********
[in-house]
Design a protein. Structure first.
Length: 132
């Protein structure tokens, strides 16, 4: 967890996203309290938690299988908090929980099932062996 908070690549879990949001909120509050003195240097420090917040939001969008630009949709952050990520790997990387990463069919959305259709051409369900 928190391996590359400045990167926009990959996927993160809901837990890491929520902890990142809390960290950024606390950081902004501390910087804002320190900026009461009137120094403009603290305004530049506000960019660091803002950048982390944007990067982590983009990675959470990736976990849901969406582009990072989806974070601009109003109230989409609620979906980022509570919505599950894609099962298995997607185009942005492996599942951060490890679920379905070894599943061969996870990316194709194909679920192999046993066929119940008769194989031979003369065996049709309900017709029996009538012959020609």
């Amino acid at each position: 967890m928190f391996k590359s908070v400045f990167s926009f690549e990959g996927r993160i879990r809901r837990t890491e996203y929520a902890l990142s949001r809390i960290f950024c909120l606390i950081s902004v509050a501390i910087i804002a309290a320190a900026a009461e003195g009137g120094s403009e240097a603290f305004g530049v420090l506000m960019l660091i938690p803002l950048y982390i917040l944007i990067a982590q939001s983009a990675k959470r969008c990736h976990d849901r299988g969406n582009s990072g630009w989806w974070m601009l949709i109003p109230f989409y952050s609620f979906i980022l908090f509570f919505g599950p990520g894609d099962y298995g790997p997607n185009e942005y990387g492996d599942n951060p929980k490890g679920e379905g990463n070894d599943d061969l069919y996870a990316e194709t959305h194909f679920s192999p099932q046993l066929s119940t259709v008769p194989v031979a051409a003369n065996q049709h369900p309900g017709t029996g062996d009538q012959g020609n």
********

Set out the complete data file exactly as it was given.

[in-house]
Design a protein. Structure first.
Length: 132
């Protein structure tokens, strides 16, 4: 967890996203309290938690299988908090929980099932062996 908070690549879990949001909120509050003195240097420090917040939001969008630009949709952050990520790997990387990463069919959305259709051409369900 928190391996590359400045990167926009990959996927993160809901837990890491929520902890990142809390960290950024606390950081902004501390910087804002320190900026009461009137120094403009603290305004530049506000960019660091803002950048982390944007990067982590983009990675959470990736976990849901969406582009990072989806974070601009109003109230989409609620979906980022509570919505599950894609099962298995997607185009942005492996599942951060490890679920379905070894599943061969996870990316194709194909679920192999046993066929119940008769194989031979003369065996049709309900017709029996009538012959020609």
């Amino acid at each position: 967890m928190f391996k590359s908070v400045f990167s926009f690549e990959g996927r993160i879990r809901r837990t890491e996203y929520a902890l990142s949001r809390i960290f950024c909120l606390i950081s902004v509050a501390i910087i804002a309290a320190a900026a009461e003195g009137g120094s403009e240097a603290f305004g530049v420090l506000m960019l660091i938690p803002l950048y982390i917040l944007i990067a982590q939001s983009a990675k959470r969008c990736h976990d849901r299988g969406n582009s990072g630009w989806w974070m601009l949709i109003p109230f989409y952050s609620f979906i980022l908090f509570f919505g599950p990520g894609d099962y298995g790997p997607n185009e942005y990387g492996d599942n951060p929980k490890g679920e379905g990463n070894d599943d061969l069919y996870a990316e194709t959305h194909f679920s192999p099932q046993l066929s119940t259709v008769p194989v031979a051409a003369n065996q049709h369900p309900g017709t029996g062996d009538q012959g020609n």